My ace in the hole: Canexus (CUS.UN). They're an off-shoot of Nexen that produces chemicals for various industries, including pulp & paper and water treatment. They are the low-cost supplier of these chemicals in most of their markets. They don't have very good liquidity, so there's a bonus discount there for the small investor IMHO.

    The current yield is just under 10%, with a decent payout ratio. They also are near completion for some plant upgrades that were being funded out of retained cash, which should allow them to further increase volumes/earnings/potential distributions as that capacity ramps up. They weathered the downturn very well since they were the low-cost supplier, which should put them in an even better position as their client industries recover (their competitors have to some extent shuttered production and will probably be slow to respond to the returning demand). That increase in cash production should offset the effect of increasing taxes next year, so I expect the distribution to be maintained in full after a conversion, though I don't recall seeing a press release outlining their plans yet.

    The wildcard in my view is Nexen: they still own a huge percentage (67% of the plant itself and then another % of the income trust which owns 33% of the plant IIRC). Nexen has stated that it's interested in selling off their interest in the plant, but no more details about that have come out. I have no idea if that will negatively affect Canexus (the income trust), by either by the presumed vote of no-confidence from Nexen or the sale itself, or if it might mean the income trust part of Canexus would take over ownership and become larger (and more liquid, potentially attracting institutional investors).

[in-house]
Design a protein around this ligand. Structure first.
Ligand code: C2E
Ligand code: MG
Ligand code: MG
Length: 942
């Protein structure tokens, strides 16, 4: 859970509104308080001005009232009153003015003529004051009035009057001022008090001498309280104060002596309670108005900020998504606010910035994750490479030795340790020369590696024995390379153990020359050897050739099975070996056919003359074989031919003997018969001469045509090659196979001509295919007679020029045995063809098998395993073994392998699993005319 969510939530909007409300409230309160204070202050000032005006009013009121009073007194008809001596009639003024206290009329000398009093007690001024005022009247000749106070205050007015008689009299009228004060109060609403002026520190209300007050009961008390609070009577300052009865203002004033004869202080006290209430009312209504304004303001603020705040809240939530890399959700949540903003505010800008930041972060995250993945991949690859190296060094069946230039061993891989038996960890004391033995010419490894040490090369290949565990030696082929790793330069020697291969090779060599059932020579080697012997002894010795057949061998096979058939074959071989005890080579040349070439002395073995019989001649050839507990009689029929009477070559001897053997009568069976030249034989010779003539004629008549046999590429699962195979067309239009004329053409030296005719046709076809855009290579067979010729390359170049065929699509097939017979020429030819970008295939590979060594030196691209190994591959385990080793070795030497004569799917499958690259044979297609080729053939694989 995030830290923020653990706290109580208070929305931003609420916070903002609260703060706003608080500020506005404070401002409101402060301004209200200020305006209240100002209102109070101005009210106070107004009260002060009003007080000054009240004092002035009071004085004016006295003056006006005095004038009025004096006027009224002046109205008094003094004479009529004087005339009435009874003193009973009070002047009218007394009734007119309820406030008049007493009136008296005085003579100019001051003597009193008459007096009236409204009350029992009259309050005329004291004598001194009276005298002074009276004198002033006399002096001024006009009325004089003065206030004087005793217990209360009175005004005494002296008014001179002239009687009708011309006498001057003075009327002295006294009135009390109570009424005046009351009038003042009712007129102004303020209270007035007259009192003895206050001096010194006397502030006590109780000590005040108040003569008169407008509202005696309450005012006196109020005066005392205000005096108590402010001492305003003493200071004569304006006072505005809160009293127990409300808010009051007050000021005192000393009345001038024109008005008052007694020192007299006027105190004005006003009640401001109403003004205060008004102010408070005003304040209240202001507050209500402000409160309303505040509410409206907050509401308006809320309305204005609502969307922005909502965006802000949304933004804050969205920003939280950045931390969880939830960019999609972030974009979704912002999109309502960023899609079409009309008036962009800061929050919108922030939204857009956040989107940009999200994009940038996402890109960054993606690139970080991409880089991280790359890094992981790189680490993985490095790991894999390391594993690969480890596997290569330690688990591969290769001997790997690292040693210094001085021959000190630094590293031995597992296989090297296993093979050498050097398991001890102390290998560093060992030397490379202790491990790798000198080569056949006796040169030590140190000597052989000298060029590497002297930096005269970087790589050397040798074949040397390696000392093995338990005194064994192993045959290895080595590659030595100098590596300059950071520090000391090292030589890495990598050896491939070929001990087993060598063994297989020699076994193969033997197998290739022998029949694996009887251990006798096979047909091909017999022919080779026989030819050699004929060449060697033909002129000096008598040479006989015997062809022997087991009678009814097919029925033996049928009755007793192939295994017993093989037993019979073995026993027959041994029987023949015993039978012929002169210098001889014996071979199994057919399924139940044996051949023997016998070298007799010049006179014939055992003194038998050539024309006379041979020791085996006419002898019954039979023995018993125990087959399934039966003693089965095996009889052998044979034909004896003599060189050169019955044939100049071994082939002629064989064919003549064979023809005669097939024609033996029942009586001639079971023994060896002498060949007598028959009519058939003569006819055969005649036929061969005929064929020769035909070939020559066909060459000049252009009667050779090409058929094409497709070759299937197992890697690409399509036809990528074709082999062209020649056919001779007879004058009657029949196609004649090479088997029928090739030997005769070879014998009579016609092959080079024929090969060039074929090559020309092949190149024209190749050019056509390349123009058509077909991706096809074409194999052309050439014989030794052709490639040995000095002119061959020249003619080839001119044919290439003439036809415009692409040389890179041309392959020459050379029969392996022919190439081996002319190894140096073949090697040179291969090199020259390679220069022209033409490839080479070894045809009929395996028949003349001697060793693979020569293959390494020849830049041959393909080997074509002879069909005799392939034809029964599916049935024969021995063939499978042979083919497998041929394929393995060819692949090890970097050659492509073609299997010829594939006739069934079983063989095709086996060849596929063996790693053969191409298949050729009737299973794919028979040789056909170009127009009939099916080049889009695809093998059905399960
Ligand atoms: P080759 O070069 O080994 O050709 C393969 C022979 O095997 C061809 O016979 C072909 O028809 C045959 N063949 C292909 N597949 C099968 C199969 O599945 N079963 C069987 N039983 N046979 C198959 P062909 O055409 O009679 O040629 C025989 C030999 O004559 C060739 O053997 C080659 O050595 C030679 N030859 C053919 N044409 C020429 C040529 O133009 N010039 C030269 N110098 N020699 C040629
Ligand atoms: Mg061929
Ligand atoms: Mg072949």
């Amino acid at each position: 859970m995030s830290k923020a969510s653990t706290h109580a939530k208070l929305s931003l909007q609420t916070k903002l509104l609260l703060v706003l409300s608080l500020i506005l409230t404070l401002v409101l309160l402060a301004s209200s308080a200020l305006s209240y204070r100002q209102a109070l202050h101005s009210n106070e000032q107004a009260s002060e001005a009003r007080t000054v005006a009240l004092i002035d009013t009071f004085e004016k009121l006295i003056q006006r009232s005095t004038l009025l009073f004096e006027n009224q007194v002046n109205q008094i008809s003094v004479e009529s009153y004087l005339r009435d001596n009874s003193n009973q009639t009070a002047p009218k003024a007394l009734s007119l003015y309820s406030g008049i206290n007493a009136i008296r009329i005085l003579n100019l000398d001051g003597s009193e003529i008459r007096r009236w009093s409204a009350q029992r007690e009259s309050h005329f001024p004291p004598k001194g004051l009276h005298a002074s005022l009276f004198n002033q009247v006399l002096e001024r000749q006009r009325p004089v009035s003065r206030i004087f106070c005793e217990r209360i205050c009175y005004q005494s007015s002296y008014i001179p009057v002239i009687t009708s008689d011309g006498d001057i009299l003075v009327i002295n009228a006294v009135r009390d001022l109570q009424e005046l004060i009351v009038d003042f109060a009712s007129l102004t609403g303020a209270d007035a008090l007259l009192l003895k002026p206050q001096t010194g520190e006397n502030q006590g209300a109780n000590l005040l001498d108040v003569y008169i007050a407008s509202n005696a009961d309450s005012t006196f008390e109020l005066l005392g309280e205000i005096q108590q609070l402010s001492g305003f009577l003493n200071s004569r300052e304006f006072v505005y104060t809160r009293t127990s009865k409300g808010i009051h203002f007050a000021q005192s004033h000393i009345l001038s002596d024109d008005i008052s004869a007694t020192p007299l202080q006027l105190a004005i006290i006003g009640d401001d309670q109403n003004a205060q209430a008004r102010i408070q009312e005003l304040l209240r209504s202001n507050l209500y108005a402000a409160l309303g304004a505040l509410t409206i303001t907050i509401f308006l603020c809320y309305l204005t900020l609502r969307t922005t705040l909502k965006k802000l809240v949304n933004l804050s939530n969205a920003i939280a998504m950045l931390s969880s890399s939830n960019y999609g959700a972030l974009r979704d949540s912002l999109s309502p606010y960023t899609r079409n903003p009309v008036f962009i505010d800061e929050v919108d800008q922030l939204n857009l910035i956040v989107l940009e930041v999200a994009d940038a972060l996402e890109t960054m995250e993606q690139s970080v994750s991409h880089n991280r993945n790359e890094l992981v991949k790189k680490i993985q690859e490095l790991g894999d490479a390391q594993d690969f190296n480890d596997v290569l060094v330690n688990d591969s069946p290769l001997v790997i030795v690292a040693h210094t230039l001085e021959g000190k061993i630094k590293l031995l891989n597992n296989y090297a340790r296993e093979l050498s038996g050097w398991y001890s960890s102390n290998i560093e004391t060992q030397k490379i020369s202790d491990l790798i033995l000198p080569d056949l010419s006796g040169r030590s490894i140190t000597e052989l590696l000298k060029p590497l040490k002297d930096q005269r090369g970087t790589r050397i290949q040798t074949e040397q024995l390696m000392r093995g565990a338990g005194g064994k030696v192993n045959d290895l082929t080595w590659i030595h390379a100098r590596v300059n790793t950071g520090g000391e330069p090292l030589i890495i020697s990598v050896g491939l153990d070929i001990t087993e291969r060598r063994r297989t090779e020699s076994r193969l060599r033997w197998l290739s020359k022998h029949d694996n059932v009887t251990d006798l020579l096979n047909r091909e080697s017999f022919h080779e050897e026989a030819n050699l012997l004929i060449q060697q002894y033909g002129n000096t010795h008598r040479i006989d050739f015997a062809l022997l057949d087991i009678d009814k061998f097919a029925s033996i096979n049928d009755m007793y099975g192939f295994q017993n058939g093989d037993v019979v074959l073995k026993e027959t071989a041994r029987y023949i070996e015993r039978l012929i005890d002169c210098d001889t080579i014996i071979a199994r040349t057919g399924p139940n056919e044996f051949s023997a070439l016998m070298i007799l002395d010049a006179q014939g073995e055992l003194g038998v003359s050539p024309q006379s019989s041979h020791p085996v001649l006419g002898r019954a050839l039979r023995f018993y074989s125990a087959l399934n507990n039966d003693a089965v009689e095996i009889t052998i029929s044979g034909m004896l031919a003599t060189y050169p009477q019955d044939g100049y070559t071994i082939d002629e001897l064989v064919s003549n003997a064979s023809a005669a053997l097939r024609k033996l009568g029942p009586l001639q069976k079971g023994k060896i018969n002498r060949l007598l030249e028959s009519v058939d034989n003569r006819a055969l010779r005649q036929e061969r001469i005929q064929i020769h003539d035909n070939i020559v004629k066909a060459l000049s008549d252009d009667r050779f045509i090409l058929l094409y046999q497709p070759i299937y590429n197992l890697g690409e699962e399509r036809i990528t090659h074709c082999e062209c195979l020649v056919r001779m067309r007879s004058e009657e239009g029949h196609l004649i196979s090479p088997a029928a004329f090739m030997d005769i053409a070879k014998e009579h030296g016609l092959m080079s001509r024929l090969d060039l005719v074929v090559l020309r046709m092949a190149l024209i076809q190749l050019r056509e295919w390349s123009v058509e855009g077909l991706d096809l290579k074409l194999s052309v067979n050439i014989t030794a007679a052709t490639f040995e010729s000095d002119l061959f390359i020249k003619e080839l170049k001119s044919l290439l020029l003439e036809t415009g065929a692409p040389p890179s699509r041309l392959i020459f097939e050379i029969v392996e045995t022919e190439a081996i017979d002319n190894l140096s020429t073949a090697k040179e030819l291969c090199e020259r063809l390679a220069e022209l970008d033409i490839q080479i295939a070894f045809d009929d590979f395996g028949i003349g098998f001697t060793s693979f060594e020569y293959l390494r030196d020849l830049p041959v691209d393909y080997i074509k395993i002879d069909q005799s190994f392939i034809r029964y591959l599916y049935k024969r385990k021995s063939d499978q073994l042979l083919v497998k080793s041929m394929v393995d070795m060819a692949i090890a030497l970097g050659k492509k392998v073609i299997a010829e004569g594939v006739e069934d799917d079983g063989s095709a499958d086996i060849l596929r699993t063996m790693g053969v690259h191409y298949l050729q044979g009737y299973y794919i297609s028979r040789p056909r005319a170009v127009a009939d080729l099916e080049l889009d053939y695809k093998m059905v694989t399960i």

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  2. #22
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    Quote Originally Posted by Potato View Post

    I did buy a single share of BRK.B today -- I don't necessarily think it's trading at a huge discount or anything, but there's been a lot of talk in the news lately about Buffet losing his edge, or Berkshire getting too big to continue outperforming, and that's generally been a positive sign in the past. Pretty weak reason to invest, but I figured that otherwise BRK should be pretty safe.

    I somehow found myself in Buffett's 1983 Letter to shareholders telling them how the last 19 years have been great something like 24%/yr.